NASA’s generous outreach activities meant that “spare” eclipse glasses were available to numerous people who would otherwise not have been able to see the moon moving across the sun. This three-year-old boy in Spring Lake was one such example.

South Carolina

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Dan Holdaway traveled to South Carolina for the eclipse with his wife and friend, staying in Greenville. They tried to watch the eclipse at Paris Mountain State park but it was full; fortunately, a local wedding venue owner opened up his property to the public. There was a large crowd watching and although there were a few cumulus clouds around they completely cleared out about 20 minutes before totality and they had a perfect view.

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Will McCarty and wife prepping for the eclipse while two kids napped inside in McCormick, SC.

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David Mocko, viewing the eclipse in Andrews, SC, is pictured here with wife Alison, daughter Sarah and son Nicholas.


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Richard Cullather was attending the International Glaciological Society (IGS) meeting in Boulder, CO. For the eclipse, they had a bus excursion to a drive-in theater in Alliance, Nebraska (42 4' 19"N, 102 48' 23"W). It took 5 hours to get there and 8 hours to return, but Richard reports a successful trip.


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Rob Lucchesi, along with his wife Ellen, GMAO alumnus and current part-timer, Greg Walker, and NASA alumnus Glen Liston, were part of an international collection of snow and ice scientists on a little butte in Wyoming, 8 miles south-west of Powder River. Camping nearby was an astrophysicist who had come to the spot from Barcelona with his daughters. The traffic was universal in the path of totality. Everyone seems to have worn various types of safe eclipse-viewing eyewear. Rob states “For me, the biggest thrills were (1) seeing the world to the west gradually disappear, starting 60-90 seconds before totality arrived as the shadow approached, (2) being able to pick out a red solar flare from the sun (4 o-clock position) with the naked eye, and (3), witnessing what looked like a 360-degree sunset/sunrise in all directions. (1) and (3) were possible because of our position with 20-30 mile views in every direction.”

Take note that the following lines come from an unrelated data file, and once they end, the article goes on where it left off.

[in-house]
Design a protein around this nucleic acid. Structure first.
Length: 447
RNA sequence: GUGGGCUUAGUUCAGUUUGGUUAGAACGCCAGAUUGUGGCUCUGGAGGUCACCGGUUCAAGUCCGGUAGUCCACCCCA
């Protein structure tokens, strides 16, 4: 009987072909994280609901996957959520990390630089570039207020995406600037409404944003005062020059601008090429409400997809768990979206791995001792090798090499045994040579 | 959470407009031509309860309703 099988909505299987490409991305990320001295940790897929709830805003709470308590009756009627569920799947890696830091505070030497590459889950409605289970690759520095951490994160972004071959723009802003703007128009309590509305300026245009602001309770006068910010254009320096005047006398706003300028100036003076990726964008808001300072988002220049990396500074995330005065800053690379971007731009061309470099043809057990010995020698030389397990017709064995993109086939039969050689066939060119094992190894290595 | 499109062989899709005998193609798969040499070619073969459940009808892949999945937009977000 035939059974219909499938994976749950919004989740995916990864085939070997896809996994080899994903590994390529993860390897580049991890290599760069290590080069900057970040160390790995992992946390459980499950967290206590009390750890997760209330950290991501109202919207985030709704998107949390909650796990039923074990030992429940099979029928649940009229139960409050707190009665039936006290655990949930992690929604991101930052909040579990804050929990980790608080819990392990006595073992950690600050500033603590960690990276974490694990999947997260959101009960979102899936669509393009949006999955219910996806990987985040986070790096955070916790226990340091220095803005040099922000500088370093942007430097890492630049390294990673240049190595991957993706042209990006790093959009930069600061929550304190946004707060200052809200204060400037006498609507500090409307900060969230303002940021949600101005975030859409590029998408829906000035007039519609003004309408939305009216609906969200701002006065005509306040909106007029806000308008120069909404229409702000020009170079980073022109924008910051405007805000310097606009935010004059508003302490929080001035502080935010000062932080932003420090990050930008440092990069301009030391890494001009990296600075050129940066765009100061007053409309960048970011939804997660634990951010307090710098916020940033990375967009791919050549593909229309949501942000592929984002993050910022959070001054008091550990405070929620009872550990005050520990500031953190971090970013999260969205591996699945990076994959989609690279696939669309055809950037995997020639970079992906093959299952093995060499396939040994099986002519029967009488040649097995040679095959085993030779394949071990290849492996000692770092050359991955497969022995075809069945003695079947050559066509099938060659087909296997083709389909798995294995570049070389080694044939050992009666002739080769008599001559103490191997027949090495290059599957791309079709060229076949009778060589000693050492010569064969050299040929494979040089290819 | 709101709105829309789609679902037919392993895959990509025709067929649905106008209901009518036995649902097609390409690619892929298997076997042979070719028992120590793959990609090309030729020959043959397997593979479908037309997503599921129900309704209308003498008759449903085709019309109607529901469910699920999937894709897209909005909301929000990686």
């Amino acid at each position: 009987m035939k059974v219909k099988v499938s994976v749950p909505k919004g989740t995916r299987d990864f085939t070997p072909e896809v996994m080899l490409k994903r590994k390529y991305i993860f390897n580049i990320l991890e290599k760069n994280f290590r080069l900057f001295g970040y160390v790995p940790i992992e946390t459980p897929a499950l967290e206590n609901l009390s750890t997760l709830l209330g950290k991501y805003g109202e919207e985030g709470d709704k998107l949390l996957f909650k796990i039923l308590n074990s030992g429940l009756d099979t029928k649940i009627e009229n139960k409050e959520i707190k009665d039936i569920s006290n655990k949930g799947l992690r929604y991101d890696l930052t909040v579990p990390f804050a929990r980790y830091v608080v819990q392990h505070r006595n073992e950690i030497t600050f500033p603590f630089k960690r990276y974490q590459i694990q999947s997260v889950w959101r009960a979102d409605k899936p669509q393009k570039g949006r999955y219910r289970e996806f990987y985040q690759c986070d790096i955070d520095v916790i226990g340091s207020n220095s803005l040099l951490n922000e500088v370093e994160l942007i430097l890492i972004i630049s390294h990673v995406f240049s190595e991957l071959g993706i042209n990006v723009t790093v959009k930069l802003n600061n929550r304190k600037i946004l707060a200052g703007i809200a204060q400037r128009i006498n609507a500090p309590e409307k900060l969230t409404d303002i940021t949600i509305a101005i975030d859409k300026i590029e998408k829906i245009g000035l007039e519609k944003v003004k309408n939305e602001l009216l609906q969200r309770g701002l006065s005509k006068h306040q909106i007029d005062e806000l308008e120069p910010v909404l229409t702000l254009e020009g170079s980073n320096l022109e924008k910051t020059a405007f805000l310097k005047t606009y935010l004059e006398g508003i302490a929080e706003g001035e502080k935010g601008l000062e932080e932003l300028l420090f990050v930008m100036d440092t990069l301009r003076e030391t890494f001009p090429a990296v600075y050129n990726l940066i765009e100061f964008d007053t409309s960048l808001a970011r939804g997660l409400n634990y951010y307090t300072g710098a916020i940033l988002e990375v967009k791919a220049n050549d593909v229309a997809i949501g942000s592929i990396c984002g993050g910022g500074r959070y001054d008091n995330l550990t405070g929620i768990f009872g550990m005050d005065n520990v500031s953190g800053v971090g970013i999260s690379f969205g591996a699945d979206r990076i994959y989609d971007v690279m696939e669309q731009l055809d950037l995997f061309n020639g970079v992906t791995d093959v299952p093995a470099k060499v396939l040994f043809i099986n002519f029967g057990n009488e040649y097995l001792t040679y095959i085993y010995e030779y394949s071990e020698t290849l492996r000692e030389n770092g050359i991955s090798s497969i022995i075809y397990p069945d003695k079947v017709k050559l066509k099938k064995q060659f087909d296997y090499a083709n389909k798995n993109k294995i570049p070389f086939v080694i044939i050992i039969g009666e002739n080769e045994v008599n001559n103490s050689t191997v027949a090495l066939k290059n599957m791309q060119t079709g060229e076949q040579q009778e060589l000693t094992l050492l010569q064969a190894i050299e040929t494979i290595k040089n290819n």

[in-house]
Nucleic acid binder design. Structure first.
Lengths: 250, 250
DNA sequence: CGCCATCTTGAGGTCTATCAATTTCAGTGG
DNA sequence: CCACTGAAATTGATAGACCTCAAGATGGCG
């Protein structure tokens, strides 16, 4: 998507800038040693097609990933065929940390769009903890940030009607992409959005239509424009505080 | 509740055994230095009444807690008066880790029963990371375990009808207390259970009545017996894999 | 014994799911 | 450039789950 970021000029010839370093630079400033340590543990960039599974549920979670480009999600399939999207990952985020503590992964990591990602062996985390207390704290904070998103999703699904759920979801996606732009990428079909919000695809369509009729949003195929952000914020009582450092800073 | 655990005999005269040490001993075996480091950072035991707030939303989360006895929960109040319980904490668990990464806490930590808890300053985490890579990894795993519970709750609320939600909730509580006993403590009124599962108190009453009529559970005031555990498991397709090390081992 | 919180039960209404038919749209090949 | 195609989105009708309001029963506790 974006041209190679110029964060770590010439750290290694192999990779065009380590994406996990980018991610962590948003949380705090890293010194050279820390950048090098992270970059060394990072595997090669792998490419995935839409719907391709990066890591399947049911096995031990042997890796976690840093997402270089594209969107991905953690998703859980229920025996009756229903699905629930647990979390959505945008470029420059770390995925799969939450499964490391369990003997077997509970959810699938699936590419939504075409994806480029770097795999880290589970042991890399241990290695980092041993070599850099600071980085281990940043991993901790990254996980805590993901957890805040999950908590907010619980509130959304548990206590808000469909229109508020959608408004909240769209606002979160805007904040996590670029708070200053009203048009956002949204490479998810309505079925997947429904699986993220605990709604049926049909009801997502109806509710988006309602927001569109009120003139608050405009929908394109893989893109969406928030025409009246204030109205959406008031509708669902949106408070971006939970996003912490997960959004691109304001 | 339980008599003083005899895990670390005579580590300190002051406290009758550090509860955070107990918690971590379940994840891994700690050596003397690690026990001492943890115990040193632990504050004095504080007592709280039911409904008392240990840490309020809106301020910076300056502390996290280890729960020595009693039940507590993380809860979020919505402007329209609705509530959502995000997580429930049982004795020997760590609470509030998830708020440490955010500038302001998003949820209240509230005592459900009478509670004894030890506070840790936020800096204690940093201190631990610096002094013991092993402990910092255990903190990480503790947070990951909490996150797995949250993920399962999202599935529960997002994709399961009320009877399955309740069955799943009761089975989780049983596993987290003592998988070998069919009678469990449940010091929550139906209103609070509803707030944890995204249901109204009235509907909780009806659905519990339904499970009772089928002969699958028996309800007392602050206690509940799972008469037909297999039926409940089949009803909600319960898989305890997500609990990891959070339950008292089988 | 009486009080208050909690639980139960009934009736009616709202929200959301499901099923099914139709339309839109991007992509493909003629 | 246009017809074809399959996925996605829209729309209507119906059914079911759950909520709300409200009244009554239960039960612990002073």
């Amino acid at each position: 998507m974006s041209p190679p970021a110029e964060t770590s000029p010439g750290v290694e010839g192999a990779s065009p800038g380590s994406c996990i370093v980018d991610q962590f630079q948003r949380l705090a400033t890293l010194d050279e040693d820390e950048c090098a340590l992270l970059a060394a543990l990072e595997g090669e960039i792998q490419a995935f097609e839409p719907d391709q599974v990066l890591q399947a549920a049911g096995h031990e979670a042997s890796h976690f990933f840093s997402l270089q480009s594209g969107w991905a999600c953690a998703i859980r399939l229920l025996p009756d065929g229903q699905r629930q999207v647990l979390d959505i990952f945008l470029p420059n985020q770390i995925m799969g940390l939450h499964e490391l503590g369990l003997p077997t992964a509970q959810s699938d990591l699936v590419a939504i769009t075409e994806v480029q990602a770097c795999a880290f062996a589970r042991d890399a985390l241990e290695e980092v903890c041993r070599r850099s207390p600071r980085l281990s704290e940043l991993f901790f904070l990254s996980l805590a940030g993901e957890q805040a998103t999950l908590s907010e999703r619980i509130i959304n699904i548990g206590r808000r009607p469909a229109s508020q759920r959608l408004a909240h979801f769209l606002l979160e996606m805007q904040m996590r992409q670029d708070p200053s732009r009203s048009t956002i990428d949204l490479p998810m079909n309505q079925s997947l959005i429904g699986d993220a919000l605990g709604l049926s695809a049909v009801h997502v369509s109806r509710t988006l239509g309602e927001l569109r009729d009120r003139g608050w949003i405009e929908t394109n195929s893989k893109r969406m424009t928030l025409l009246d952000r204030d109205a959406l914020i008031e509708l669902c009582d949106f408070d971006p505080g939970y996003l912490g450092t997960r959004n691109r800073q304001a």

Off the Path

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eclipse viewing

Brent Smith was on eclipse watch and memorialized the occasion by taking this selfie while in Hanover, MD. Oreste Reale enjoyed the eclipse with his wife at the Patuxent Research Refuge in a beautiful natural landscape. Oreste observed that the drop of luminosity was particularly evident and birds reduced their chirping for a few minutes around 2:40PM.